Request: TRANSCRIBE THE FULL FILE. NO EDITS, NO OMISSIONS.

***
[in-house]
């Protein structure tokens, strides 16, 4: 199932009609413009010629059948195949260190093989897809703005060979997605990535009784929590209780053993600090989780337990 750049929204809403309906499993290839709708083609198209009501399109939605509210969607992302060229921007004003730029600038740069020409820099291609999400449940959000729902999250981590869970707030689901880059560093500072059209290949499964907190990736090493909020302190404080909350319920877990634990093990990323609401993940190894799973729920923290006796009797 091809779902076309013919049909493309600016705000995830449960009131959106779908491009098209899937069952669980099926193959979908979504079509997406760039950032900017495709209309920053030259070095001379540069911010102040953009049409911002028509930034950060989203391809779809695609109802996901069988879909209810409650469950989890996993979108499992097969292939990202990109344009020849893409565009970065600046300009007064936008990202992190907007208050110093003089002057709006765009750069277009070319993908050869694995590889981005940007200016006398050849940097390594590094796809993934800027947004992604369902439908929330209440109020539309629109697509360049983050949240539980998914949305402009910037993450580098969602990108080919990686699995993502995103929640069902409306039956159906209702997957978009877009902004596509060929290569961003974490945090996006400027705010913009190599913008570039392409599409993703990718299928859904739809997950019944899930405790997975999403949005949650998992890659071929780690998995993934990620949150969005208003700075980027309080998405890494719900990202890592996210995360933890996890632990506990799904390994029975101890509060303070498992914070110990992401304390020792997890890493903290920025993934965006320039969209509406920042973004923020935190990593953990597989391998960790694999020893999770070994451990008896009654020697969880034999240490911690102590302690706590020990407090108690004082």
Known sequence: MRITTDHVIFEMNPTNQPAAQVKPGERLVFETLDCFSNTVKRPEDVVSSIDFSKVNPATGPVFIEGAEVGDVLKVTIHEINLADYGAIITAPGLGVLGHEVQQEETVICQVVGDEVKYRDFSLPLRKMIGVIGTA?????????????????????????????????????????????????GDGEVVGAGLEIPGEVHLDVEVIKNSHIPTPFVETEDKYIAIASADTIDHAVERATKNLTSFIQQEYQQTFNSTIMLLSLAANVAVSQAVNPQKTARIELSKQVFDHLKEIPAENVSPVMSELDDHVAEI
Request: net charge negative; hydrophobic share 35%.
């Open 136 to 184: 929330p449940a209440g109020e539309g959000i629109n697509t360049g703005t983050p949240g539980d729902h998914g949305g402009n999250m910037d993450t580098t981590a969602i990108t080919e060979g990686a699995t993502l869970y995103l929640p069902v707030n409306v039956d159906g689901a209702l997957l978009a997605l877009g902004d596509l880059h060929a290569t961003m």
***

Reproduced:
[in-house]
């Protein structure tokens, strides 16, 4: 199932009609413009010629059948195949260190093989897809703005060979997605990535009784929590209780053993600090989780337990 750049929204809403309906499993290839709708083609198209009501399109939605509210969607992302060229921007004003730029600038740069020409820099291609999400449940959000729902999250981590869970707030689901880059560093500072059209290949499964907190990736090493909020302190404080909350319920877990634990093990990323609401993940190894799973729920923290006796009797 091809779902076309013919049909493309600016705000995830449960009131959106779908491009098209899937069952669980099926193959979908979504079509997406760039950032900017495709209309920053030259070095001379540069911010102040953009049409911002028509930034950060989203391809779809695609109802996901069988879909209810409650469950989890996993979108499992097969292939990202990109344009020849893409565009970065600046300009007064936008990202992190907007208050110093003089002057709006765009750069277009070319993908050869694995590889981005940007200016006398050849940097390594590094796809993934800027947004992604369902439908929330209440109020539309629109697509360049983050949240539980998914949305402009910037993450580098969602990108080919990686699995993502995103929640069902409306039956159906209702997957978009877009902004596509060929290569961003974490945090996006400027705010913009190599913008570039392409599409993703990718299928859904739809997950019944899930405790997975999403949005949650998992890659071929780690998995993934990620949150969005208003700075980027309080998405890494719900990202890592996210995360933890996890632990506990799904390994029975101890509060303070498992914070110990992401304390020792997890890493903290920025993934965006320039969209509406920042973004923020935190990593953990597989391998960790694999020893999770070994451990008896009654020697969880034999240490911690102590302690706590020990407090108690004082």
Known sequence: MRITTDHVIFEMNPTNQPAAQVKPGERLVFETLDCFSNTVKRPEDVVSSIDFSKVNPATGPVFIEGAEVGDVLKVTIHEINLADYGAIITAPGLGVLGHEVQQEETVICQVVGDEVKYRDFSLPLRKMIGVIGTA?????????????????????????????????????????????????GDGEVVGAGLEIPGEVHLDVEVIKNSHIPTPFVETEDKYIAIASADTIDHAVERATKNLTSFIQQEYQQTFNSTIMLLSLAANVAVSQAVNPQKTARIELSKQVFDHLKEIPAENVSPVMSELDDHVAEI
Request: net charge negative; hydrophobic share 35%.
């Open 136 to 184: 929330p449940a209440g109020e539309g959000i629109n697509t360049g703005t983050p949240g539980d729902h998914g949305g402009n999250m910037d993450t580098t981590a969602i990108t080919e060979g990686a699995t993502l869970y995103l929640p069902v707030n409306v039956d159906g689901a209702l997957l978009a997605l877009g902004d596509l880059h060929a290569t961003m």